While Barbata was drumming with CSNY, David Geffen tried to persuade him to join The Eagles. Barbata declined as he was already in one of the biggest musical groups at the time.

Jefferson Airplane & Jefferson Starship (1972–1978)
In 1972, while CSNY were on an extended break, David Crosby introduced Barbata to the band Jefferson Airplane, who were looking for a new drummer after their previous one, Joey Covington, quit to do a solo album. Soon after, Barbata joined Jefferson Airplane and went on to record the album Long John Silver (1972) and the live album Thirty Seconds Over Winterland (1973).

When members Jorma Kaukonen (guitarist) and Jack Casady (bassist) left to pursue their band Hot Tuna, the band reformed into Jefferson Starship, adding new members Craig Chaquico, Pete Sears and David Freiberg. Their debut album together was Dragon Fly (1974). Barbata later went on to play on Red Octopus (1975), which was the Starship’s best-selling album, containing the hit single “Miracles”. In 1976, they released the album Spitfire and in 1978 they released Earth. Jefferson Starship appeared on the cover of Rolling Stone in 1978. They also performed as the unnamed band in the Star Wars Holiday Special (1978).

In October 1978, Barbata had a serious car crash in Northern California that broke his neck, arm and jaw into 32 pieces. It took him over a year to heal from the accident, forcing him to resign from Jefferson Starship.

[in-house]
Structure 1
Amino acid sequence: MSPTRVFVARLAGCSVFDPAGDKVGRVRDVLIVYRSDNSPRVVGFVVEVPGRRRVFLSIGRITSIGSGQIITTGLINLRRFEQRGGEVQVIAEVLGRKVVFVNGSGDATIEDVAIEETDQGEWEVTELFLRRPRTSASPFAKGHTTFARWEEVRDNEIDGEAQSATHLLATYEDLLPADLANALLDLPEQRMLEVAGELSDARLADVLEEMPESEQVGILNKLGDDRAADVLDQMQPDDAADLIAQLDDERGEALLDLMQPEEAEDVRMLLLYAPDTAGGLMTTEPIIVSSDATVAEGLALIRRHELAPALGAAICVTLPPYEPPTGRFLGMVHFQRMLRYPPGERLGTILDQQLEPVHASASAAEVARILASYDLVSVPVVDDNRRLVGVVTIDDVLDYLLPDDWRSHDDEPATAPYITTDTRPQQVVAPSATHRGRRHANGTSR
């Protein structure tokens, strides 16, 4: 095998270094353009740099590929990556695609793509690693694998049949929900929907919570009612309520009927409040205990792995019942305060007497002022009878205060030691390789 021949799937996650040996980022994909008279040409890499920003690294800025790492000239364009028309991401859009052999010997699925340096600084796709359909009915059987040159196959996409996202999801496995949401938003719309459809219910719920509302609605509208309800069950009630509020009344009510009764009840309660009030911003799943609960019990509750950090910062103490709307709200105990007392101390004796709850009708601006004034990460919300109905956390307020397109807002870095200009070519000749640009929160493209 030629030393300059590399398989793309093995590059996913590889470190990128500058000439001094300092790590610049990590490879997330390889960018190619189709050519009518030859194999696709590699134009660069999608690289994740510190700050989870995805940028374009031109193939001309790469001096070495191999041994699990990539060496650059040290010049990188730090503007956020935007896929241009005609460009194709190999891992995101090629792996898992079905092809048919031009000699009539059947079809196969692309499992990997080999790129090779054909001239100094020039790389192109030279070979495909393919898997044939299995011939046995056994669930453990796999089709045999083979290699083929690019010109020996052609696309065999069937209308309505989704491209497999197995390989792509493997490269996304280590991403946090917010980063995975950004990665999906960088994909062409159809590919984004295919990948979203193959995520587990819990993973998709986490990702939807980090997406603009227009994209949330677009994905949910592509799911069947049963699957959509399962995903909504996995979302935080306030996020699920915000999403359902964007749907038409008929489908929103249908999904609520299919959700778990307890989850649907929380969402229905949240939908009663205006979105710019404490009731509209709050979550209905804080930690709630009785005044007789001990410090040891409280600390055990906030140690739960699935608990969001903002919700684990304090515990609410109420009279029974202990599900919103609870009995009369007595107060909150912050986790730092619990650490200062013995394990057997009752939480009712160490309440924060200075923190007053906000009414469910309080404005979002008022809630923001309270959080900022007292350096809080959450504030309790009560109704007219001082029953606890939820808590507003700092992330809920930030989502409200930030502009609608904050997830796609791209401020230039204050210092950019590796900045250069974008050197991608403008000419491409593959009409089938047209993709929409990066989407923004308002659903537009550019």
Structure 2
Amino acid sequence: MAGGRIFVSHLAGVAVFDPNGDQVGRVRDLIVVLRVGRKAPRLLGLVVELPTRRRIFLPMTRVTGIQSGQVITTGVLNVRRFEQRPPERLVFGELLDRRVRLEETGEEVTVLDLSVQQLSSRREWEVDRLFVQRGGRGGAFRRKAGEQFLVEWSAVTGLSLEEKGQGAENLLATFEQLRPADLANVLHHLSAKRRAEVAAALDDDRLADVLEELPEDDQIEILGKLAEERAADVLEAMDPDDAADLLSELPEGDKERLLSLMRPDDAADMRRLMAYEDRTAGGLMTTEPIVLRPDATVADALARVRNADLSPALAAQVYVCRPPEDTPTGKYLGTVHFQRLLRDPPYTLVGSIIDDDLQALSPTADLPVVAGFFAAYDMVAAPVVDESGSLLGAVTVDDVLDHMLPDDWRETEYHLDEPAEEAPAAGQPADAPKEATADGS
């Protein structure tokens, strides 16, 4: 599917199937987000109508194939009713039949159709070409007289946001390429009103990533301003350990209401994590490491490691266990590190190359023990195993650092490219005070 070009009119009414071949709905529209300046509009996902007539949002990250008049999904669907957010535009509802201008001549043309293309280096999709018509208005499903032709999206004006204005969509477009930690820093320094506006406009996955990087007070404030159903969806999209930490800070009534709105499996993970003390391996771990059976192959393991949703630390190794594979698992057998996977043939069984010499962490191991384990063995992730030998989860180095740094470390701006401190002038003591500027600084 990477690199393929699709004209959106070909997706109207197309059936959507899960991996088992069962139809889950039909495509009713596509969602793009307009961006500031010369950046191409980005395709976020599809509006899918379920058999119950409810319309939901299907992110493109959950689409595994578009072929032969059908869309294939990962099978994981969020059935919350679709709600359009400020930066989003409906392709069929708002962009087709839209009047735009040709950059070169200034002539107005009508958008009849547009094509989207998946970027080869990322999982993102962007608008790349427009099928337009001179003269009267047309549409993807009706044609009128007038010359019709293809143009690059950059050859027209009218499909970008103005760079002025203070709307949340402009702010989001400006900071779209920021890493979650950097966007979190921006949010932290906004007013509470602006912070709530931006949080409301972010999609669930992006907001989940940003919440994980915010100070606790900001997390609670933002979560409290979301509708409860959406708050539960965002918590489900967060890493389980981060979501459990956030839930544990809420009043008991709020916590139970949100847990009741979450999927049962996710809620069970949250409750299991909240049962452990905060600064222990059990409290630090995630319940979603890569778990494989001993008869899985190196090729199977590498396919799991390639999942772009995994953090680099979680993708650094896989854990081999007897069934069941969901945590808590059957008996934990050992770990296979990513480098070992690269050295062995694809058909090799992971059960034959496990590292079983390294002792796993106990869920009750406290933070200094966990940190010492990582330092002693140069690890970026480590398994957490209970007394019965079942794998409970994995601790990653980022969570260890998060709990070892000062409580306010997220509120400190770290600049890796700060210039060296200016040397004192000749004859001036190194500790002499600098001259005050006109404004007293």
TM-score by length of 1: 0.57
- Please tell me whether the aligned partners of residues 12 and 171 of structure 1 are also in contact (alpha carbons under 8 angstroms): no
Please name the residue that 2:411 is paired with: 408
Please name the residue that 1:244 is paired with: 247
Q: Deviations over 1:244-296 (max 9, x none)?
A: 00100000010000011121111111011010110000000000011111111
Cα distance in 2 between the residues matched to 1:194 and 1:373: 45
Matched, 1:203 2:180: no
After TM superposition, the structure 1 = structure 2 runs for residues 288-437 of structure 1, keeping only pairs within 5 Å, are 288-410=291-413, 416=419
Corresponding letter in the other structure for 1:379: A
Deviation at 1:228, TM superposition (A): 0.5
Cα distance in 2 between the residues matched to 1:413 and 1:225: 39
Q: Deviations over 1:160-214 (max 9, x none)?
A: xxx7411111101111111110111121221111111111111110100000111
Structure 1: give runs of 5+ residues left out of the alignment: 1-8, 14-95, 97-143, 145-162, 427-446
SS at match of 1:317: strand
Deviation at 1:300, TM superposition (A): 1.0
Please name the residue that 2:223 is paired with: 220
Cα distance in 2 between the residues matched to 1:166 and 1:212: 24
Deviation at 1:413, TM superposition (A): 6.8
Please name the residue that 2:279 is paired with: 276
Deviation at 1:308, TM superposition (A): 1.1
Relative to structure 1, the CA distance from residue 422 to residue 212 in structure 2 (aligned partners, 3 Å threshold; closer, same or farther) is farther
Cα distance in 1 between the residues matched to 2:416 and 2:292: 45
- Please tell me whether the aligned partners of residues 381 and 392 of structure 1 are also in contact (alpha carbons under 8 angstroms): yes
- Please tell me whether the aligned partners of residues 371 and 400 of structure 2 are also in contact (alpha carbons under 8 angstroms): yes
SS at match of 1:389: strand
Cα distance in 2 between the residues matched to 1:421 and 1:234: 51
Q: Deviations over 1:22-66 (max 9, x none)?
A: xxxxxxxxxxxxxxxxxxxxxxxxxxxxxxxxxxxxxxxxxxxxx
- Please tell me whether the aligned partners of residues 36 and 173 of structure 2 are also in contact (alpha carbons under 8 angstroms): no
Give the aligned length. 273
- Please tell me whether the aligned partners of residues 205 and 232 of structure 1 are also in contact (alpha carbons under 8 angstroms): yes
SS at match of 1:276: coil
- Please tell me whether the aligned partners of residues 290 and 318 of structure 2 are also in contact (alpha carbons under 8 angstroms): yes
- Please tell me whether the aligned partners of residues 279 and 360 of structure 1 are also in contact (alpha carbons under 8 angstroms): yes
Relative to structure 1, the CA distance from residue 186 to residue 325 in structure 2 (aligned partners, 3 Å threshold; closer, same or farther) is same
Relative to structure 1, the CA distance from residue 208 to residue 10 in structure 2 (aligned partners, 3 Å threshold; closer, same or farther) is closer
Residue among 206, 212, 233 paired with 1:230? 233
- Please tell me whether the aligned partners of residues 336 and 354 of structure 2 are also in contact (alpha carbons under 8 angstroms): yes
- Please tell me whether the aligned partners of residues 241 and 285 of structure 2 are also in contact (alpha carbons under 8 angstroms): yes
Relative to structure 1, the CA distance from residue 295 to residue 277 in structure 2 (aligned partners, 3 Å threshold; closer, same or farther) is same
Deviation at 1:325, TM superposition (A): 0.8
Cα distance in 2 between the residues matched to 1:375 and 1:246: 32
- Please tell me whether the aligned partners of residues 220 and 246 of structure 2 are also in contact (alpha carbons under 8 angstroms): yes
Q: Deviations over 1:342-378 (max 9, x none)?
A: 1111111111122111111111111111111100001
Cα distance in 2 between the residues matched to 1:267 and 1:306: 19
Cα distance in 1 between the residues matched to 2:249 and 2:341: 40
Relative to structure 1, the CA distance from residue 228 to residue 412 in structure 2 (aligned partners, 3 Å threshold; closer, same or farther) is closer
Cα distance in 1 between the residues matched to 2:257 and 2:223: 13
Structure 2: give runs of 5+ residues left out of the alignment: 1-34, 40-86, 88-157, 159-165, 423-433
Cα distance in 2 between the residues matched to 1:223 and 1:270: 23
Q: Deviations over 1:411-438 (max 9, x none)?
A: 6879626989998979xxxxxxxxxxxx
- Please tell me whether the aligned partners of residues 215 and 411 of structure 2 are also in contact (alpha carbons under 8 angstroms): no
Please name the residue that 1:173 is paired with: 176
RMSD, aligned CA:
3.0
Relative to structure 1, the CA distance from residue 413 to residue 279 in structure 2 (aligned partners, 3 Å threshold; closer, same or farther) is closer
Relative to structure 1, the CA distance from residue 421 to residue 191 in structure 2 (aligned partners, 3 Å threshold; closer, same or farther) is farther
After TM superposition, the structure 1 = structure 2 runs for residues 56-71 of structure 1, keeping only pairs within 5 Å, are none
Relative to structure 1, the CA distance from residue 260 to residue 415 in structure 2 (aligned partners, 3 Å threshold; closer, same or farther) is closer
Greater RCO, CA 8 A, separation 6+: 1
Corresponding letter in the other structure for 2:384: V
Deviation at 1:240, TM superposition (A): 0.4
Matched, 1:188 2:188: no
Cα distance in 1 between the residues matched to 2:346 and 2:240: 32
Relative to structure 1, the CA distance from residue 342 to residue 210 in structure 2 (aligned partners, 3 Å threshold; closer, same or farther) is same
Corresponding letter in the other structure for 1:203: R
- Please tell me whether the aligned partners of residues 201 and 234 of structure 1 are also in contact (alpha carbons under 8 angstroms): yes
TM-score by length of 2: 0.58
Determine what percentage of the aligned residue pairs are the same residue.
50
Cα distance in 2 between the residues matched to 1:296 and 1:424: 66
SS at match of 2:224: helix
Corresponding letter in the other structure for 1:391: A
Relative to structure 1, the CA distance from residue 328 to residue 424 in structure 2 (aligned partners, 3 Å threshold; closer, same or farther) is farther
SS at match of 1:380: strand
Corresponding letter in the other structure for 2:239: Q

Reflecting on his career, Barbata later said “I was very fortunate … Most drummers only go around once. I went around three times and played with the best musicians in the world.”

Personal life
At the age of 33, Barbata retired from the mainstream music industry and built a house and recording studio in the remote redwood village of Comptche, California. He continued making music locally. On July 3, 1981, Barbata married the Oklahoma native and artist, Angela Evans (1961–2016). They released two albums together, California and Oklahoma. In 1987, their daughter Leah was born. They later relocated to his late wife’s hometown of Ada, Oklahoma, where Barbata resided up to his death. In 2016, after 34 years of marriage, his wife died from cancer. Barbata continued to play music, often performing with former band members or his singer-songwriter daughter.

Barbata died on May 8, 2024, at the age of 79.

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If you want to know more about any of the musicians we lost, please check them out at

May 2024
14: Jimmy James, 83, Jamaican-British singer (“Now Is the Time”, “I’ll Go Where Your Music Takes Me”); Taro Kida, 93, Japanese composer; Mélanie Renaud, 42, Canadian singer, ovarian cancer.

13: Christian Escoudé, 76, French Gypsy jazz guitarist; Enrico Musiani, 86, Italian singer; Luis María Serra, 82, Argentine musician and composer.

12: David Sanborn, 78, American alto saxophonist (Young Americans) and television host (Night Music), six-time Grammy winner, prostate cancer.

10: Jhonny Iskandar, 64, Indonesian singer.

9: Fred Noonan, Australian drummer (Six Ft Hick), cancer; Dennis Thompson, 75, American Hall of Fame drummer (MC5), complications from a heart attack; Andrés Vega Delfín, 93, Mexican folk guitarist.

8: John Barbata, 79, American rock drummer (The Turtles, Jefferson Airplane, Jefferson Starship); Conrad Kelly, 65, Jamaican-born British drummer (Steel Pulse); Giovanna Marini, 87, Italian singer-songwriter.

7: Steve Albini, 61, American musician (Big Black, Shellac) and record producer (In Utero), heart attack; Ignatius Jones, 66–67, Australian-Filipino singer (Jimmy and the Boys, Pardon Me Boys) and journalist; Jan Ptaszyn Wróblewski, 88, Polish jazz musician, composer and arranger.